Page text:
A hard-hitting attack on current drug policy by Hart (Psychology and Psychiatry/Columbia Univ.), a neuroscientist who grew up on the streets of one of Miami's toughest neighborhoods.
“[W]e have been bamboozled,” he writes, “to believe that cocaine, heroine, methamphetamine or some other drug du jour is so dangerous that any possession or use of it should not be tolerated and deserves to be severely punished.” Hart debunks claims that the use of crack cocaine is more dangerous than other forms of the drug and therefore should be punished more severely—a distinction that penalizes ghetto users who are the most typical crack users. Offering experimental data and his own personal experiences, he takes issue with the idea that addiction is strictly biological rather than a complex combination of cultural, social and psychological facts. Initially accepting prevailing notions about addiction, his own research over two decades convinced him that only 15 percent of frequent drug users are addicted. Reflecting on his experiences growing up in the ghetto, Hart realized that social environment was as important as the availability of street drugs. His own remarkable path to success included a large component of good luck. Since he hoped to become a professional athlete, he didn't drop out of high school, as did many of his friends, and he moderated his use of alcohol and drugs. When he failed to win an athletic scholarship, he joined the military. Although he was involved in criminal street activity, Hart was fortunate in avoiding arrest and a criminal record that would have disqualified him from the military and the track to higher education. In his view, the focus on illegal drug trafficking “obfuscates the real problems faced by marginalized people,” and neuroscientific research focuses too much on the action of neurotransmitters to explain addiction.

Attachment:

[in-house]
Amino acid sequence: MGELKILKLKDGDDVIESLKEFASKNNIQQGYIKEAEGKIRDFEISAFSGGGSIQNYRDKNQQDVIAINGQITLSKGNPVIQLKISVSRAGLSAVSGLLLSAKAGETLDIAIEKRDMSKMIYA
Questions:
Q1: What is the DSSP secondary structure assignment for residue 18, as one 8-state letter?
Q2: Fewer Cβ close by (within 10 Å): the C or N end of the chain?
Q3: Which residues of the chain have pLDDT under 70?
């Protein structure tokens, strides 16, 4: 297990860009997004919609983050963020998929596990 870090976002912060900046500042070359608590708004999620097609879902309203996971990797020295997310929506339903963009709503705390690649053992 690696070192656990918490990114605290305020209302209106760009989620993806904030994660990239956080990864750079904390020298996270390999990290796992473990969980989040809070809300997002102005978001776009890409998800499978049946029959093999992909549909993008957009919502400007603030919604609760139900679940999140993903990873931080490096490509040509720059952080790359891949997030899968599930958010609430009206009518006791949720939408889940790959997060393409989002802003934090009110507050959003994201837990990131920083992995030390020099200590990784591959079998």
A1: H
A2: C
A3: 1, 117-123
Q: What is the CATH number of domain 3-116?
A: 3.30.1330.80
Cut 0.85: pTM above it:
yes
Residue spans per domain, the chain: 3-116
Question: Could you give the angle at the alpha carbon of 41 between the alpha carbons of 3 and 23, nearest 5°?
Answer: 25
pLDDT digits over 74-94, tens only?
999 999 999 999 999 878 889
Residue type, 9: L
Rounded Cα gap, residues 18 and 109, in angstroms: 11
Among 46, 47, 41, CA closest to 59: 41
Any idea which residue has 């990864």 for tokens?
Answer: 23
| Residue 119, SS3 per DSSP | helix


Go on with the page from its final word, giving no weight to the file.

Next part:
An eye-opening, absorbing, complex story of scientific achievement in the face of overwhelming odds.